Kittens may sometimes be born with a deformity of the upper eyelids known as coloboma. This appears as an opening (also known as a cleft) in the upper eyelid. The defective eyelid is often unable to function properly, increasing the likelihood of infections, inflammations, and ulcers. Treatment for this condition is a surgical repair.


6. Uveitis

Uveitis is a condition where the uvea of the cat’s eyes become inflamed. The uvea is a structure that is directly behind your cat’s corneas.  Uveitis often implies that the anterior or “front” portion of the uvea is inflamed. Eye discharge is a common sign of uveitis, along with squinting, impaired vision, and red eyes.

Uveitis in cats is usually caused by viral diseases such as Feline Leukemia Virus (FeLV), Feline Immunodeficiency Virus (FIV), Feline Infectious Peritonitis (FIP), or other infectious diseases. Though some of these underlying causes, especially the viral diseases, can never be fully treated, uveitis requires immediate veterinary care and should be treated as an emergency. Left untreated, the condition can quickly result in cataracts, glaucoma, or permanent vision loss (blindness). The underlying causes should be managed based on treatment plans set by your veterinarian.

sick grey cat
Image Credit: one photo, Shutterstock

7. Glaucoma

Glaucoma is an elevation in the pressure of one or both of your cat’s eyes. The condition is painful and may sometimes set in as a result of other ocular issues (such as uveitis). Eye discharge is one sign of this condition, along with squinting and bulging eyes.

Some cat breeds are predisposed to developing glaucoma, like the Siamese. That being said, glaucoma in cats is often caused by conditions such as the aforementioned uveitis or tumors.

Glaucoma is painful and cannot be cured, although signs can often be managed with medications. If the condition continues to worsen, your vet may opt to surgically remove the affected eye to lessen the pain your cat experiences.

8. Dry Eye

Dry eye is a condition where a cat doesn’t produce enough tears to keep the eye’s surface moist. Thick, yellow eye discharge is a common sign of this condition, along with blinking, squinting, or holding the eyes shut.

The eye often improves when the underlying cause is addressed and treated. Until then, extra lubrication in the form of eye drops or a lubricating ointment is often prescribed. In cases where dry eye has no underlying cause, your cat would need lifelong assistance with eye drops or lubricating ointments to manage the dryness.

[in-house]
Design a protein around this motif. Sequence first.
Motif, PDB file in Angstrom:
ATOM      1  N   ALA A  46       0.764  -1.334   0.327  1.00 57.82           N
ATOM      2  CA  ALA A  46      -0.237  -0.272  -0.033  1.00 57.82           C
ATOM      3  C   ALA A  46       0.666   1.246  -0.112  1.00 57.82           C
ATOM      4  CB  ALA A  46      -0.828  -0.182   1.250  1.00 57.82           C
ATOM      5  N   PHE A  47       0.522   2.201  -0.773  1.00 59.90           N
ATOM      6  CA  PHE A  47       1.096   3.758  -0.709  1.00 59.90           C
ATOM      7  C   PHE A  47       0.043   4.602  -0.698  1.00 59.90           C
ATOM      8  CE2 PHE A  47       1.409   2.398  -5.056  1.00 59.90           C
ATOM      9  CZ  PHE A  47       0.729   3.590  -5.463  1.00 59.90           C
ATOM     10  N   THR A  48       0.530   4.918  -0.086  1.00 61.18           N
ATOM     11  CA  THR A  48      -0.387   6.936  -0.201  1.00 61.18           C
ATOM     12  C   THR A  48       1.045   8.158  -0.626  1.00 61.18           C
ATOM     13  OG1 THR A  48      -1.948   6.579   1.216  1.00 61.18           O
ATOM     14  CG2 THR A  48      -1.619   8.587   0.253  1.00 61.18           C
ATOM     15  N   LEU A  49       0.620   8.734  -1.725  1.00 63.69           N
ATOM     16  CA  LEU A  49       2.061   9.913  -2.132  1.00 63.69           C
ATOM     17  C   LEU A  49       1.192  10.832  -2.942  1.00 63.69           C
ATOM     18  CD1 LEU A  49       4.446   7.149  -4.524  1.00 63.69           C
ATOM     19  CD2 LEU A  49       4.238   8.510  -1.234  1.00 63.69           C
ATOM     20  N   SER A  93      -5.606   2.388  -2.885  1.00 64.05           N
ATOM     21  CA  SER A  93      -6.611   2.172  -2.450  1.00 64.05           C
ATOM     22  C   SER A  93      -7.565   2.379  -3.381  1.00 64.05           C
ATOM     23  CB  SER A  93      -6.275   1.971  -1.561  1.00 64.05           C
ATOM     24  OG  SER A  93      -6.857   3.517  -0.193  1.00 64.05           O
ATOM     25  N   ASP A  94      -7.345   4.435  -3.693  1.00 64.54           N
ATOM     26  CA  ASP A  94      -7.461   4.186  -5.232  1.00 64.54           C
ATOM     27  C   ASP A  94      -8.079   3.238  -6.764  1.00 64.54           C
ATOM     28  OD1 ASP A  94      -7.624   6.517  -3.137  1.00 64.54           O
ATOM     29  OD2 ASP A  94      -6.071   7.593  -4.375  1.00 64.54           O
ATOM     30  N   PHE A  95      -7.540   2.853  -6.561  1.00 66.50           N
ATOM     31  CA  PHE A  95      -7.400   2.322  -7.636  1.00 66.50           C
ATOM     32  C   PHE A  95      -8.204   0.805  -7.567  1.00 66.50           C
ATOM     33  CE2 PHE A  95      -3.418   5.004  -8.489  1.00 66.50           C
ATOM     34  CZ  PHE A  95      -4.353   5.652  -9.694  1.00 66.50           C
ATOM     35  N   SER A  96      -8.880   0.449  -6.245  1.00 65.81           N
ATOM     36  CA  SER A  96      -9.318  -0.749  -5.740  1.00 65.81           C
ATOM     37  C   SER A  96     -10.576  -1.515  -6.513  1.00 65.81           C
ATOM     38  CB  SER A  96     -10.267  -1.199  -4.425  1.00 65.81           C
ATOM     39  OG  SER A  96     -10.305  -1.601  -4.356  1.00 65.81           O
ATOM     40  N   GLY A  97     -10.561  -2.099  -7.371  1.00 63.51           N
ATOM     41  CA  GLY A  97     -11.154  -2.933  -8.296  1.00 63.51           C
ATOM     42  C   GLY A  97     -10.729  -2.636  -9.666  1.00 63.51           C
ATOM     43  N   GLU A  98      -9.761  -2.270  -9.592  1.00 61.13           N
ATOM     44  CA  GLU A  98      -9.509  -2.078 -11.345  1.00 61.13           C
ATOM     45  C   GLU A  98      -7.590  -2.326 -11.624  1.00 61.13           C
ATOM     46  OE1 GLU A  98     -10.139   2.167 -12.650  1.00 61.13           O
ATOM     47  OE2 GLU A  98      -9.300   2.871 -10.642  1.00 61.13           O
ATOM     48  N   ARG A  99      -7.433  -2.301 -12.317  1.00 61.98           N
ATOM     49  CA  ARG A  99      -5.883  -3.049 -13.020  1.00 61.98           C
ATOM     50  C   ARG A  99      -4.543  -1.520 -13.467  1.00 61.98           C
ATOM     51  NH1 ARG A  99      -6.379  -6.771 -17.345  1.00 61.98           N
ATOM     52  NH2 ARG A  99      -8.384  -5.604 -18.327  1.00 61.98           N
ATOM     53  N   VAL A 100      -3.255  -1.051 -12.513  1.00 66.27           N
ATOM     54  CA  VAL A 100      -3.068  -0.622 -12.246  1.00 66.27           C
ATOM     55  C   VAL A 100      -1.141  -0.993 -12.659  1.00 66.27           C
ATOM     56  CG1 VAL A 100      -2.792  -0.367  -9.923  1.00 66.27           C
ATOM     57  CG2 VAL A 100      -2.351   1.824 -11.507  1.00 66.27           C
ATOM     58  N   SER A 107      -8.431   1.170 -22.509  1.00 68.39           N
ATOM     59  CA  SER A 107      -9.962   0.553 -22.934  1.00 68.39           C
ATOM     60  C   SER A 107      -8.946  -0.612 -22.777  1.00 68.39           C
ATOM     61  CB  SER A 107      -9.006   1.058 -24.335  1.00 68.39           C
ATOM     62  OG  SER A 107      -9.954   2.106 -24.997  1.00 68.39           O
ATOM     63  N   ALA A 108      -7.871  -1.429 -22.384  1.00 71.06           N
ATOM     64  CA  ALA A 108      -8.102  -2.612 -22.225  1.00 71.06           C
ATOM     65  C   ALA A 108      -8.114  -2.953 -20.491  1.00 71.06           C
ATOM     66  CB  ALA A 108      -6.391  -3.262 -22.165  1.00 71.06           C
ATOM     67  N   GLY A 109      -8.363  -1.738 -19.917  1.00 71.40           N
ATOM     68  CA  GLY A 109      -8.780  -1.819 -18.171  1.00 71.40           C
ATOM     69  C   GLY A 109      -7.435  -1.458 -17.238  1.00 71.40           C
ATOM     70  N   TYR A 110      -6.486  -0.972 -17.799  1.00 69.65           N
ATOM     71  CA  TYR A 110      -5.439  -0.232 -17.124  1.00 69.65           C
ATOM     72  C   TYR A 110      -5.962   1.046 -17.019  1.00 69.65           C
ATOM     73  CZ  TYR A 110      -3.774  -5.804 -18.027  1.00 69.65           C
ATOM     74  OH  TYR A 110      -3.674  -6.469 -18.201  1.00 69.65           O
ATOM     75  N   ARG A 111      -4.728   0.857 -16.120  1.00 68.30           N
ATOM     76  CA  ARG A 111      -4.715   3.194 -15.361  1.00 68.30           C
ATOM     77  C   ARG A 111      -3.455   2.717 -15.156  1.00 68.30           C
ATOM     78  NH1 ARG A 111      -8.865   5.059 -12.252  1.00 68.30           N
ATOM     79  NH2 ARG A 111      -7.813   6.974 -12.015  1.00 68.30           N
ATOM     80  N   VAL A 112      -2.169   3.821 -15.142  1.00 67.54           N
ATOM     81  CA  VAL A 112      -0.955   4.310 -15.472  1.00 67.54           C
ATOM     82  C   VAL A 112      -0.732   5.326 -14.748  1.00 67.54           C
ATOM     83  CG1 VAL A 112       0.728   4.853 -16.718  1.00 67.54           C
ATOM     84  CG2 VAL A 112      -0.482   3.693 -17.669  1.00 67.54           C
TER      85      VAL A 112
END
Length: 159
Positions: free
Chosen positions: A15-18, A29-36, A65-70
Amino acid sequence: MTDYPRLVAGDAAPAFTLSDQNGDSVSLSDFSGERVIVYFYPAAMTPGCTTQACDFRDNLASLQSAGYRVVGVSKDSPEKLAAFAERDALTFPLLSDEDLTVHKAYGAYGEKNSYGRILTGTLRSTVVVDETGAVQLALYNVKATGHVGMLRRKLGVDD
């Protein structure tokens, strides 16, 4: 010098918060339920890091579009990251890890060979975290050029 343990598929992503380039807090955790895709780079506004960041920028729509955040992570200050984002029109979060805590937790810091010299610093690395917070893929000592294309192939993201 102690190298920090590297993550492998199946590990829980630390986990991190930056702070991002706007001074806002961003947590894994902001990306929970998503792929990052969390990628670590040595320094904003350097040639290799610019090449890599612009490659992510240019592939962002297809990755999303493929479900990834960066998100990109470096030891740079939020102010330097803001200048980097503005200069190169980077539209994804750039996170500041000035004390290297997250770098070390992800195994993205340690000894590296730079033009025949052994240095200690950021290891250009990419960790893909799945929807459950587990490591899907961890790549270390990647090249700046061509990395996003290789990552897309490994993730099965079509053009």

Vet dripping drops in cat's eye
Image Credit: Ermolaev Alexander, Shutterstock
NOTE

While many abnormalities of the eye will inevitably lead to excessive discharge and a buildup of boogers in your cat’s eyes, it is important to note that, just like us, cats will naturally get some eye boogers along their inner eye, especially when they’ve been sleeping for a while. However, you should still observe them for a sudden increase in the discharge, a foul-smelling discharge, or the other signs listed with each condition, such as pawing at the eye, squinting, your cat appearing in pain or discomfort, or one eye appearing different.

How to Handle Your Cat’s Eye Boogers

As we’ve learned, eye boogers may have many different causes. The first step in dealing with them is to diagnose why they are occurring. Many eye conditions are extremely painful and are considered emergencies.

Especially if you notice signs of pain in your cat, such as squinting or pawing at the eye, you should see your veterinarian as soon as possible. Sometimes, your vet may refer you to a veterinary ophthalmologist to manage your cat’s eye condition. Always be sure to give all medications and follow all directions from your vet to treat your cat’s eyes.

If you’re concerned about giving your cat eye medications, ask your vet or their staff to teach you their tips and tricks. Often, you’ll need to learn how to clean the eye boogers from your cat’s eyes, generally with warm water and gauze or a soft cloth.

Conclusion

Cat eye boogers may make some people squeamish, but they also aren’t something you can ignore or wipe away. Our cats are masters at hiding the seriousness of illnesses or injuries, and it’s up to us to pay attention to what signs they do show. Eye discharge may seem like nothing but a nuisance, but it could be just the only visual evidence of a threat to your cat’s vision.

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Featured Image Credit: osobystist, Shutterstock